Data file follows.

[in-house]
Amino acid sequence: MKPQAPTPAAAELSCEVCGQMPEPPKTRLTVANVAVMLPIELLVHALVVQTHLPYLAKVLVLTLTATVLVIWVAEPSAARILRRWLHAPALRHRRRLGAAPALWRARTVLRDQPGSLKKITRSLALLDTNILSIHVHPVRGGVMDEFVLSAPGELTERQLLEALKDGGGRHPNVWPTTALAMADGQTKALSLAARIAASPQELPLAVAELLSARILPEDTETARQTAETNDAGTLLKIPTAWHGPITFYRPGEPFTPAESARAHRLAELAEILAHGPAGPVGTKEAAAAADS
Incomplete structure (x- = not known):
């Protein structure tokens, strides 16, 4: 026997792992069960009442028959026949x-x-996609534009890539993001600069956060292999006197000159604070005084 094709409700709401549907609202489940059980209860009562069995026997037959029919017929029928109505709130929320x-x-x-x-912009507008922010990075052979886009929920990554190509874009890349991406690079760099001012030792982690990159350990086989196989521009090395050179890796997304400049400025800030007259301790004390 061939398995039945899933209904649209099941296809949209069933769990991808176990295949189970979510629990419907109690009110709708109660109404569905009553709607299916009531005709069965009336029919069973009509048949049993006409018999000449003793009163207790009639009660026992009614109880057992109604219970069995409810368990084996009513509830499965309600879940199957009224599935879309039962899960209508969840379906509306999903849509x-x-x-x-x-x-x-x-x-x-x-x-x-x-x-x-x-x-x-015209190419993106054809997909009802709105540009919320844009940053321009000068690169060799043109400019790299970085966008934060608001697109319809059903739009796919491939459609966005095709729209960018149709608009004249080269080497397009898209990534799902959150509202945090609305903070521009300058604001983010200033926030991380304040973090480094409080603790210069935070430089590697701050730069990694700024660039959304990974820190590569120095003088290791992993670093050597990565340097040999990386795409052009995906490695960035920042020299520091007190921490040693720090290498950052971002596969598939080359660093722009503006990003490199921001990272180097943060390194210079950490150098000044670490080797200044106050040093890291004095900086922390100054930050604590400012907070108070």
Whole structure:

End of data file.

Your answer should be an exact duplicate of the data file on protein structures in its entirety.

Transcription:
[in-house]
Amino acid sequence: MKPQAPTPAAAELSCEVCGQMPEPPKTRLTVANVAVMLPIELLVHALVVQTHLPYLAKVLVLTLTATVLVIWVAEPSAARILRRWLHAPALRHRRRLGAAPALWRARTVLRDQPGSLKKITRSLALLDTNILSIHVHPVRGGVMDEFVLSAPGELTERQLLEALKDGGGRHPNVWPTTALAMADGQTKALSLAARIAASPQELPLAVAELLSARILPEDTETARQTAETNDAGTLLKIPTAWHGPITFYRPGEPFTPAESARAHRLAELAEILAHGPAGPVGTKEAAAAADS
Incomplete structure (x- = not known):
């Protein structure tokens, strides 16, 4: 026997792992069960009442028959026949x-x-996609534009890539993001600069956060292999006197000159604070005084 094709409700709401549907609202489940059980209860009562069995026997037959029919017929029928109505709130929320x-x-x-x-912009507008922010990075052979886009929920990554190509874009890349991406690079760099001012030792982690990159350990086989196989521009090395050179890796997304400049400025800030007259301790004390 061939398995039945899933209904649209099941296809949209069933769990991808176990295949189970979510629990419907109690009110709708109660109404569905009553709607299916009531005709069965009336029919069973009509048949049993006409018999000449003793009163207790009639009660026992009614109880057992109604219970069995409810368990084996009513509830499965309600879940199957009224599935879309039962899960209508969840379906509306999903849509x-x-x-x-x-x-x-x-x-x-x-x-x-x-x-x-x-x-x-015209190419993106054809997909009802709105540009919320844009940053321009000068690169060799043109400019790299970085966008934060608001697109319809059903739009796919491939459609966005095709729209960018149709608009004249080269080497397009898209990534799902959150509202945090609305903070521009300058604001983010200033926030991380304040973090480094409080603790210069935070430089590697701050730069990694700024660039959304990974820190590569120095003088290791992993670093050597990565340097040999990386795409052009995906490695960035920042020299520091007190921490040693720090290498950052971002596969598939080359660093722009503006990003490199921001990272180097943060390194210079950490150098000044670490080797200044106050040093890291004095900086922390100054930050604590400012907070108070």
Whole structure: